We’re happy you found us and enjoy what you see. Remember, you can go back and read any past issue all the way back to the first in the Archives link at the top of our pages. —Ed.
Excellent article, and I’d second all the points made. Sorry I wasn’t able to respond in time as I’d hoped but I’m buried in WriteRoom development (actually documentation now for the new 1.1 release due soon).
I came to Hog Bay Software for the products (WriteRoom was exactly what I was looking for at the time), but it was Jesse, his own insight and creativity, and what I see as the fundamentally progressive nature of his business model and method (especially as I’ve seen it from the inside out now) that kept me around, and has led to my direct and significant participation in my favorite product.
Not only is user-directed software development good for the users, but it’s great for the software, as I hope will be shown when our latest releases show forth later this quarter.
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Thanks for this article, I hope we get some good feedback and ideas on how to make Hog Bay Software work better.
I want to mention one last aspect of “user powered” software. I started working on these ideas soon after reading The E-Myth Revisted, a buisness book that focuses on building your buisness as if you were building a franchise. (Make processes repeatable.)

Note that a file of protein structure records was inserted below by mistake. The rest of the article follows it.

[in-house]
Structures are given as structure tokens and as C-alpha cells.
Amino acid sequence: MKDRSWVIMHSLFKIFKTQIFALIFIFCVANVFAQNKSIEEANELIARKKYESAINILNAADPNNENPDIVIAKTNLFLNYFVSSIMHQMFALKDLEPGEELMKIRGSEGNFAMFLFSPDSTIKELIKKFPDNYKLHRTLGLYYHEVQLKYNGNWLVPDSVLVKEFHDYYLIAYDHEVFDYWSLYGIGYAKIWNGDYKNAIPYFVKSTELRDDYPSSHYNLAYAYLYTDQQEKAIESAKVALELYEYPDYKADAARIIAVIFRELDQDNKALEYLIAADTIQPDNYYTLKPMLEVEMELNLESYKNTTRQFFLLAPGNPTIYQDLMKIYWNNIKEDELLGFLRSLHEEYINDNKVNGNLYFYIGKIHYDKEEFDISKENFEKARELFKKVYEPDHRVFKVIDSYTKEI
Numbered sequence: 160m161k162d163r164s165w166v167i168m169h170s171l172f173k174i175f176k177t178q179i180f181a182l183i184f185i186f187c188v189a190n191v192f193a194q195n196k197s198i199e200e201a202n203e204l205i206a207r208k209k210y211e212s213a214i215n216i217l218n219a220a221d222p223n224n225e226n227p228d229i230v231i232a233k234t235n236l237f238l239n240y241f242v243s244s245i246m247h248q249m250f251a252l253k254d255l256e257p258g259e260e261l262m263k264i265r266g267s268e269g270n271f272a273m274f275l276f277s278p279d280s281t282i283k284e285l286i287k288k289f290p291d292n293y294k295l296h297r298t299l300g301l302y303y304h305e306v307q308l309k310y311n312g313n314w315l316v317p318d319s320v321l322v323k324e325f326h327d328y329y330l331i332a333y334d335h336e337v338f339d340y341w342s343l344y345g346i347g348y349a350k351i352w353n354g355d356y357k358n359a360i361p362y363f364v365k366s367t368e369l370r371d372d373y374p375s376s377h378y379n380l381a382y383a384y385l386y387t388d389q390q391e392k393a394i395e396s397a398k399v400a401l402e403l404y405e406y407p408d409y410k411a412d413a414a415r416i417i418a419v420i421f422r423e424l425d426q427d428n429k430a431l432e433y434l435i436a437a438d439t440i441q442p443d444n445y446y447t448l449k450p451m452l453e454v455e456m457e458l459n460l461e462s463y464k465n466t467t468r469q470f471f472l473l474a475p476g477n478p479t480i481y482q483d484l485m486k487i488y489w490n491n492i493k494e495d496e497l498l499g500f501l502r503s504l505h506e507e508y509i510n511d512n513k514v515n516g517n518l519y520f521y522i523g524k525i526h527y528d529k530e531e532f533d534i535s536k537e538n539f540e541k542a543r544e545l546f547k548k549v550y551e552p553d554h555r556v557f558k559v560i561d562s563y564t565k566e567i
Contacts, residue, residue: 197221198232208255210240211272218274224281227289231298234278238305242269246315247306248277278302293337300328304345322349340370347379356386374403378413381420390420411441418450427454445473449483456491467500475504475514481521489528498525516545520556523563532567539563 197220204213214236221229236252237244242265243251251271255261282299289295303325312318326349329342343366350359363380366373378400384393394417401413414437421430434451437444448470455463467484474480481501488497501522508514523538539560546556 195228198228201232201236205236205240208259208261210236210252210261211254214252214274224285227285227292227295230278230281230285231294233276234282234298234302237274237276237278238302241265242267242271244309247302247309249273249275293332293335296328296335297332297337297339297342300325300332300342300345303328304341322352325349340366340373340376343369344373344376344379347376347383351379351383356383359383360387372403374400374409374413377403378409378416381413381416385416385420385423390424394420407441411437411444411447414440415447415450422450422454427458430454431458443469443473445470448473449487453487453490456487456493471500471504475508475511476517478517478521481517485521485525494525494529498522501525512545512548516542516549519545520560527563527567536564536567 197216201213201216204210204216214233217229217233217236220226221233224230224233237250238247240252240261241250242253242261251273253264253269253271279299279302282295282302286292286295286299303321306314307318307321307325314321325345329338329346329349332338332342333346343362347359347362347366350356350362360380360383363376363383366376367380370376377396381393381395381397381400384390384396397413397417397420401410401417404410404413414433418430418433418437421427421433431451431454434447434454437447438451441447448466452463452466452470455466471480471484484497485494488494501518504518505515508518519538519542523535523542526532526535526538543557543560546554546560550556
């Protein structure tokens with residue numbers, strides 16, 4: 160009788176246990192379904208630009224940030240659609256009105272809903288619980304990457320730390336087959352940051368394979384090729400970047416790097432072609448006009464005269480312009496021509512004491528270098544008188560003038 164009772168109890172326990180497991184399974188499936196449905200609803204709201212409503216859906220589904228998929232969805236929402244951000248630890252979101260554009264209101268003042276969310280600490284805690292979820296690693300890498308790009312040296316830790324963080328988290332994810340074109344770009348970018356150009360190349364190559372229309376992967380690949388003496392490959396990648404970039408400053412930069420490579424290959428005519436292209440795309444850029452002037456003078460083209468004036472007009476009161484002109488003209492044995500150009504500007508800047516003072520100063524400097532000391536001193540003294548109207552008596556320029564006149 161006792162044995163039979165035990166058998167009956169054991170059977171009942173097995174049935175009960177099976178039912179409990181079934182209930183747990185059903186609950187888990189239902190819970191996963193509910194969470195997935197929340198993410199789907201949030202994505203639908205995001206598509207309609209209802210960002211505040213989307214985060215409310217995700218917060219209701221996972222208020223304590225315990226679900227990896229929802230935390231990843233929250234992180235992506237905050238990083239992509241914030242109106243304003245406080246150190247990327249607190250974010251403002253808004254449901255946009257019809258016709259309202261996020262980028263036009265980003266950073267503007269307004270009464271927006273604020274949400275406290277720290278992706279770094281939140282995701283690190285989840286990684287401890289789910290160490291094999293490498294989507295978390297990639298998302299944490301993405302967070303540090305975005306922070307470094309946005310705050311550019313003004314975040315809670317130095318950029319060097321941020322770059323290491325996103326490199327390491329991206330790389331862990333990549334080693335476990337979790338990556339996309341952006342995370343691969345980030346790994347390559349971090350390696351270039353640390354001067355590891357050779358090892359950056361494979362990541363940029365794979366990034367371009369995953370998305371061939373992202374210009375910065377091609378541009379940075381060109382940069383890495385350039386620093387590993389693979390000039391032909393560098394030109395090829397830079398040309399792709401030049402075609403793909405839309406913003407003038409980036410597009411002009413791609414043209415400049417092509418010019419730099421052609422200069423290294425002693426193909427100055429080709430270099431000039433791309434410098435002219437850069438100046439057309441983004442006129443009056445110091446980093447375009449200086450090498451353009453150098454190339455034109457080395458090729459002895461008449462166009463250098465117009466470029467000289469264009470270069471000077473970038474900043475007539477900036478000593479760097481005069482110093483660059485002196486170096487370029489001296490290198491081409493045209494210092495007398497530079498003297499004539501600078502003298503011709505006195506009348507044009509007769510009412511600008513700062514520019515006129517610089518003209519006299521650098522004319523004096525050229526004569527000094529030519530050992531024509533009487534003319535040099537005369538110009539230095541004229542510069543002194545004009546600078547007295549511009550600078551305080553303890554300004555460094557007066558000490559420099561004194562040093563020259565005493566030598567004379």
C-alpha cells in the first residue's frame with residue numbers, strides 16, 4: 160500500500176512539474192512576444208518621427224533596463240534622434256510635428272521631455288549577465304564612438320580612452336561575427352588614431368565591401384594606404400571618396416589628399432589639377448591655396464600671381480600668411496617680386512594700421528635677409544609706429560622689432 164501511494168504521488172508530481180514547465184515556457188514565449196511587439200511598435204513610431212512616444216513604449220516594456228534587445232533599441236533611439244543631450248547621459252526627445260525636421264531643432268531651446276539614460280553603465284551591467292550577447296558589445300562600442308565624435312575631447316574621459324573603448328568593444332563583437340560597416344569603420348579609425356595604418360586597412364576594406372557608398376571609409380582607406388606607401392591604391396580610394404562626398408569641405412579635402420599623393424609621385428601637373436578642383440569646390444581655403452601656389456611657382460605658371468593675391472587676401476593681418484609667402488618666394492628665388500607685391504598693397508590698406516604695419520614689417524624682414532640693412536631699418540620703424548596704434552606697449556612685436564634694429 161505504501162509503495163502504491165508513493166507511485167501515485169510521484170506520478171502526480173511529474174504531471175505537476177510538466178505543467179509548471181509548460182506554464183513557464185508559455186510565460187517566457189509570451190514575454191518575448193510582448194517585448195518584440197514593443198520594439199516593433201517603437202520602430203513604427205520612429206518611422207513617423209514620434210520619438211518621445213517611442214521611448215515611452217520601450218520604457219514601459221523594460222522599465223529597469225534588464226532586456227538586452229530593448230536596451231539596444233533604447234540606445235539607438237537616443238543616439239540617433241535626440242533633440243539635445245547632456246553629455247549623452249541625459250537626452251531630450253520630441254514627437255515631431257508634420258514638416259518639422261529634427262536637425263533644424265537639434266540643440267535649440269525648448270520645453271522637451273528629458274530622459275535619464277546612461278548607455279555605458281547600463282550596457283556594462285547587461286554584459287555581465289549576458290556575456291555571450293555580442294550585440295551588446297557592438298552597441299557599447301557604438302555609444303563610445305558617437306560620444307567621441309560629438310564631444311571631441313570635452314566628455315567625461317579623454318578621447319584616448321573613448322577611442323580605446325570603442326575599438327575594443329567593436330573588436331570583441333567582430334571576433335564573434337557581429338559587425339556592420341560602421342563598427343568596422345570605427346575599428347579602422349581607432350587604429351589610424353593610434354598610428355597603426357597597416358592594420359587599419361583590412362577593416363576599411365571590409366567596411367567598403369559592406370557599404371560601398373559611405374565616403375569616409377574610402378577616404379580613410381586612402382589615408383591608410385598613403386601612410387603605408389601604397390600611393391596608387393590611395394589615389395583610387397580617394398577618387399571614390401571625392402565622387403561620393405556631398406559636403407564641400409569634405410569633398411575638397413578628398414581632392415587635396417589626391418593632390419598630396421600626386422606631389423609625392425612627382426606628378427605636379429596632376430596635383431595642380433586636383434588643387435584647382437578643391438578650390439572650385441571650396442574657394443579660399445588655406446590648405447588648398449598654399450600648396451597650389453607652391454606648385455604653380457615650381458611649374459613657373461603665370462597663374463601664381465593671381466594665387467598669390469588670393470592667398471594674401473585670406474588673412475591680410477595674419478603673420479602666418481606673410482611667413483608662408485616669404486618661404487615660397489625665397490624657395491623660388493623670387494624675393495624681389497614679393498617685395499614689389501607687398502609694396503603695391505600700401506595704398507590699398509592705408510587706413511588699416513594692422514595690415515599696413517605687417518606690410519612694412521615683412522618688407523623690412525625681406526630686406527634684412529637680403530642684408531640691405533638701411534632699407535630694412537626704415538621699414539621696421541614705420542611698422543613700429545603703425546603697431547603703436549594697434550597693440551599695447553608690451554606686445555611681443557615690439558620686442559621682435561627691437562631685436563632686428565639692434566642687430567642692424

One of my goals with “user powered” software is to make it easy for other Mac developers to develop software this way. At some point down the road I would like to have a “template Mac shareware company” downlaod. That would include a template application built on Blocks; code for a Web site to handle forums, feature voting, and software store; and a set of documented processes for how to run the company.
That goal is still a long ways from completion. But if there are any developers out there who think they would like to develop software this way, please contact me. I’d be happy to share Web site code and give tips on how best to make use of the Blocks framework.
Long term I think it would be really cool to have a bunch of small Mac companies working this way. All sharing the same underlying Blocks framework and Web site code. That way we could focus most of our energy into developing cool apps instead of all the extra stuff that gets in the way.
I think you are misisng the point of RapidWeaver. It is not written primarily for people who already know HTML and XHTML. It is written primarily for people like me who know nothing about Web programming. RapidWeaver allows me, the complete novice, to build Web sites. That is its value. And without the Edit View I would be totally lost! So while your comments may be valid to someone who already knows how to code Web pages, your comments are totally off base for someone like myself who is a happy and very satisfied user of RapidWeaver. I think the powerful aspect of RapidWeaver is that it works for someone like me, but also has enough flexibility to make it attractive to real HTML and XHTML coders. If you spend anytime at all reading through the user forums, you will find that coders have found all sorts of creative ways to modify/access features within the various RapidWeaver templates. Just something for you to consider.
Since RapidWeaver and similar applications are not written primarily for people who already know HTML, that’s exactly why they should create accessible HTML automatically. The fact that you were happy and satisfied before you knew about the accessibility issues just underscores the point that RapidWeaver should “do the right thing” so that novices needn’t be concerned with this stuff.